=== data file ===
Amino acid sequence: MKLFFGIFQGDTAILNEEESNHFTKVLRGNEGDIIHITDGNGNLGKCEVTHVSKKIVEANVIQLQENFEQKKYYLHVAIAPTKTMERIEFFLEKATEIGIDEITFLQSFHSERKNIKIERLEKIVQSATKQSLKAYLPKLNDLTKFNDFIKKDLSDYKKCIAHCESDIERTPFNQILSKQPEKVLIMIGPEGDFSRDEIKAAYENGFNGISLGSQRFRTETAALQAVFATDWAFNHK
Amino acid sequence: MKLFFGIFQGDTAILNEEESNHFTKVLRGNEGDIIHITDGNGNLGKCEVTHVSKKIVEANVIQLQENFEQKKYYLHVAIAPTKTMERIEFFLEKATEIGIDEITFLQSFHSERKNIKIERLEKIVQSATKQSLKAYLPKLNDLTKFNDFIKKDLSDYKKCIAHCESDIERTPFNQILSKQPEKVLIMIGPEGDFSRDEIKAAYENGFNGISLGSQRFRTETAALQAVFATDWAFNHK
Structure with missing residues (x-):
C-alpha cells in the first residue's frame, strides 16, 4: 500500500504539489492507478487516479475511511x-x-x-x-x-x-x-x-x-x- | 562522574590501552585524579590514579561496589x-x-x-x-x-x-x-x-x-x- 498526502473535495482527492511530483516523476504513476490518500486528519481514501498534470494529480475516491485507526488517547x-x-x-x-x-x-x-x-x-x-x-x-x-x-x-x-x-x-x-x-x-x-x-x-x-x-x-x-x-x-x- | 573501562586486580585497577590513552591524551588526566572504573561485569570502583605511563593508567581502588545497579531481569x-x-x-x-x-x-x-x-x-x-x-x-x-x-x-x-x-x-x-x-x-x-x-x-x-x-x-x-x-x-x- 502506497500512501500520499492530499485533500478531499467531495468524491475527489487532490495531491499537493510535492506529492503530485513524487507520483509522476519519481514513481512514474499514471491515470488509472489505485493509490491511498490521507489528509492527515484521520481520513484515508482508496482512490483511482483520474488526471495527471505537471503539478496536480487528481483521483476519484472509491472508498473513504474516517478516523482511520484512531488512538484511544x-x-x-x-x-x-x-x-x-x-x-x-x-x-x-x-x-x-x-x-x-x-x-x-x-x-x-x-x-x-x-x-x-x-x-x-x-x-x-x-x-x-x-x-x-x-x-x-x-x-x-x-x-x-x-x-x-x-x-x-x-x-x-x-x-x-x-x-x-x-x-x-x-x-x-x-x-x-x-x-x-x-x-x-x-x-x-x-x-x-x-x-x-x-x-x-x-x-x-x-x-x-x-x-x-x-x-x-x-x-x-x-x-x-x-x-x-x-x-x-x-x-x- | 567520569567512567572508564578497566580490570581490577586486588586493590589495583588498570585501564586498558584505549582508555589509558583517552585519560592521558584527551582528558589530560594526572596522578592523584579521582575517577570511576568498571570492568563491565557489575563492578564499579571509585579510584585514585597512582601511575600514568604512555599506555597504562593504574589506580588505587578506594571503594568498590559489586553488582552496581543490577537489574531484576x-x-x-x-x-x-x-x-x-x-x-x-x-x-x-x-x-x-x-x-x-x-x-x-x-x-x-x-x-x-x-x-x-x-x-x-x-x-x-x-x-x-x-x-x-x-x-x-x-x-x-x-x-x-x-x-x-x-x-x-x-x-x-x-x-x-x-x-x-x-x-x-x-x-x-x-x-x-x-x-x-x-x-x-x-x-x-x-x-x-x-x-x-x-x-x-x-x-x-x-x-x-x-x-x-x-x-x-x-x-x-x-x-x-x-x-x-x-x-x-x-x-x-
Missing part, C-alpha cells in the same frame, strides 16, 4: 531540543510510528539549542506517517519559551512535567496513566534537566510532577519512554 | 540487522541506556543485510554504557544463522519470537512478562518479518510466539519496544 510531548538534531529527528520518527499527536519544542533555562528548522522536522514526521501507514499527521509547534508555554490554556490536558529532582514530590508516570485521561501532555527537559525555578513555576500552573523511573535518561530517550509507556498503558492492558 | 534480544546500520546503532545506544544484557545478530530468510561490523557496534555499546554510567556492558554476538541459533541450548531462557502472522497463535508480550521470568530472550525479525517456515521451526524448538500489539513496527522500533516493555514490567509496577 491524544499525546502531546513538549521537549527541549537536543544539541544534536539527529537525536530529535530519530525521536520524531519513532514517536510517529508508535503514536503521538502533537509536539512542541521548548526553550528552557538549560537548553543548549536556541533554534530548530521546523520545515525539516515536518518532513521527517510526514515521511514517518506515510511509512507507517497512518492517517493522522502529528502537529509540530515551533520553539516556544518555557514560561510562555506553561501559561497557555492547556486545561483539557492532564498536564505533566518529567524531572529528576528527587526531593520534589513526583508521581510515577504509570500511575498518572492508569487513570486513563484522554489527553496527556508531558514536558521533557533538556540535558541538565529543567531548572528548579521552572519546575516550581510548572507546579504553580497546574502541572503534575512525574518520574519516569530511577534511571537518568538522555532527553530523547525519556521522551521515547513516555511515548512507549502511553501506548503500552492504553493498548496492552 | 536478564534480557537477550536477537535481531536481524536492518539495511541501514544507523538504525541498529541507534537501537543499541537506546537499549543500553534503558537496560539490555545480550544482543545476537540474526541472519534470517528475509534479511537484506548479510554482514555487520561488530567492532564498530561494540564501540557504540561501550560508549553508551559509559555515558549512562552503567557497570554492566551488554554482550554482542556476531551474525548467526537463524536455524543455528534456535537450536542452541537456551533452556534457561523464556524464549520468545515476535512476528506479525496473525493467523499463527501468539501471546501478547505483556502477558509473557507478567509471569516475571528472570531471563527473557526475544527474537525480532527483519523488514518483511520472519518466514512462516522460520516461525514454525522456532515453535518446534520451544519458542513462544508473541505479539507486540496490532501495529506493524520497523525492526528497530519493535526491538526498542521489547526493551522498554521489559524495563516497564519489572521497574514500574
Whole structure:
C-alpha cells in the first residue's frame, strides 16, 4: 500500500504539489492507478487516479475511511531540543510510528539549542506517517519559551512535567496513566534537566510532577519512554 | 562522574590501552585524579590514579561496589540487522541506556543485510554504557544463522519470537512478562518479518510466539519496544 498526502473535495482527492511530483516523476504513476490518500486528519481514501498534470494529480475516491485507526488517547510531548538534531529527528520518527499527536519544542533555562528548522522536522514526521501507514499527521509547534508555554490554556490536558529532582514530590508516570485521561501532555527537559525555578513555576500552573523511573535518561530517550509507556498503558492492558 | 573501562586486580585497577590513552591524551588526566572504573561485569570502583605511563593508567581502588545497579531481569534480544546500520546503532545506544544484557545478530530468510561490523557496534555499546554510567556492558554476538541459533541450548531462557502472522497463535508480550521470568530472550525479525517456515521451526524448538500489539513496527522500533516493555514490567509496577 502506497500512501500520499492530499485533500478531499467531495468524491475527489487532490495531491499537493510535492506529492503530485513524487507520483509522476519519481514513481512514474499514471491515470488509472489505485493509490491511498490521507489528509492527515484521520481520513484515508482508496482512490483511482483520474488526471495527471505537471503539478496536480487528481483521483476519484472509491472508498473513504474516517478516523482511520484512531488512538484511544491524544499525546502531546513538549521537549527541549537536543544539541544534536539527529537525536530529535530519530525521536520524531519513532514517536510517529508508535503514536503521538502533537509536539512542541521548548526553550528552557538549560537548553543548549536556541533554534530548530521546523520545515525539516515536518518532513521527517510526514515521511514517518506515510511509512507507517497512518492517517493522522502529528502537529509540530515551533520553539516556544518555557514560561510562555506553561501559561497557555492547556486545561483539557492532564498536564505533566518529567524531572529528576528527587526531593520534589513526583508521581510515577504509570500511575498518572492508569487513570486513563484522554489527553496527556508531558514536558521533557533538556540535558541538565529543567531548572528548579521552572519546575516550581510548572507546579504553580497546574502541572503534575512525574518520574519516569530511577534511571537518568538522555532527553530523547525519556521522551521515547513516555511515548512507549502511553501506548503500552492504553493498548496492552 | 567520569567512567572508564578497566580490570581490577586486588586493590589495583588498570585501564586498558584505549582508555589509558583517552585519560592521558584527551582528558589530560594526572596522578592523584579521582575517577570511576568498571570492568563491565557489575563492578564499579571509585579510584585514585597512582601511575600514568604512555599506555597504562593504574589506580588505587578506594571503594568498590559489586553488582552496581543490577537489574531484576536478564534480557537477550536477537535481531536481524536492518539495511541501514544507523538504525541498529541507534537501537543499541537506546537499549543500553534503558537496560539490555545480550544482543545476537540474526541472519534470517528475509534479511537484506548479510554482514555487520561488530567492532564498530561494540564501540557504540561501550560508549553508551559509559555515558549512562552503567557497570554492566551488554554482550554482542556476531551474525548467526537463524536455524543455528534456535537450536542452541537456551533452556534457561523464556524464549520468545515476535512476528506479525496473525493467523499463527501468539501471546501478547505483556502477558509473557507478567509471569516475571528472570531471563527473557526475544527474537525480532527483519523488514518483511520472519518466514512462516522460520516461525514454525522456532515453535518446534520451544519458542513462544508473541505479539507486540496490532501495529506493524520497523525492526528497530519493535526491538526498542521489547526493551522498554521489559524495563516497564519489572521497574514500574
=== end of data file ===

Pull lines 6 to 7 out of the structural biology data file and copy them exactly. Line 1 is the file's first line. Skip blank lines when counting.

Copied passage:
Whole structure:
C-alpha cells in the first residue's frame, strides 16, 4: 500500500504539489492507478487516479475511511531540543510510528539549542506517517519559551512535567496513566534537566510532577519512554 | 562522574590501552585524579590514579561496589540487522541506556543485510554504557544463522519470537512478562518479518510466539519496544 498526502473535495482527492511530483516523476504513476490518500486528519481514501498534470494529480475516491485507526488517547510531548538534531529527528520518527499527536519544542533555562528548522522536522514526521501507514499527521509547534508555554490554556490536558529532582514530590508516570485521561501532555527537559525555578513555576500552573523511573535518561530517550509507556498503558492492558 | 573501562586486580585497577590513552591524551588526566572504573561485569570502583605511563593508567581502588545497579531481569534480544546500520546503532545506544544484557545478530530468510561490523557496534555499546554510567556492558554476538541459533541450548531462557502472522497463535508480550521470568530472550525479525517456515521451526524448538500489539513496527522500533516493555514490567509496577 502506497500512501500520499492530499485533500478531499467531495468524491475527489487532490495531491499537493510535492506529492503530485513524487507520483509522476519519481514513481512514474499514471491515470488509472489505485493509490491511498490521507489528509492527515484521520481520513484515508482508496482512490483511482483520474488526471495527471505537471503539478496536480487528481483521483476519484472509491472508498473513504474516517478516523482511520484512531488512538484511544491524544499525546502531546513538549521537549527541549537536543544539541544534536539527529537525536530529535530519530525521536520524531519513532514517536510517529508508535503514536503521538502533537509536539512542541521548548526553550528552557538549560537548553543548549536556541533554534530548530521546523520545515525539516515536518518532513521527517510526514515521511514517518506515510511509512507507517497512518492517517493522522502529528502537529509540530515551533520553539516556544518555557514560561510562555506553561501559561497557555492547556486545561483539557492532564498536564505533566518529567524531572529528576528527587526531593520534589513526583508521581510515577504509570500511575498518572492508569487513570486513563484522554489527553496527556508531558514536558521533557533538556540535558541538565529543567531548572528548579521552572519546575516550581510548572507546579504553580497546574502541572503534575512525574518520574519516569530511577534511571537518568538522555532527553530523547525519556521522551521515547513516555511515548512507549502511553501506548503500552492504553493498548496492552 | 567520569567512567572508564578497566580490570581490577586486588586493590589495583588498570585501564586498558584505549582508555589509558583517552585519560592521558584527551582528558589530560594526572596522578592523584579521582575517577570511576568498571570492568563491565557489575563492578564499579571509585579510584585514585597512582601511575600514568604512555599506555597504562593504574589506580588505587578506594571503594568498590559489586553488582552496581543490577537489574531484576536478564534480557537477550536477537535481531536481524536492518539495511541501514544507523538504525541498529541507534537501537543499541537506546537499549543500553534503558537496560539490555545480550544482543545476537540474526541472519534470517528475509534479511537484506548479510554482514555487520561488530567492532564498530561494540564501540557504540561501550560508549553508551559509559555515558549512562552503567557497570554492566551488554554482550554482542556476531551474525548467526537463524536455524543455528534456535537450536542452541537456551533452556534457561523464556524464549520468545515476535512476528506479525496473525493467523499463527501468539501471546501478547505483556502477558509473557507478567509471569516475571528472570531471563527473557526475544527474537525480532527483519523488514518483511520472519518466514512462516522460520516461525514454525522456532515453535518446534520451544519458542513462544508473541505479539507486540496490532501495529506493524520497523525492526528497530519493535526491538526498542521489547526493551522498554521489559524495563516497564519489572521497574514500574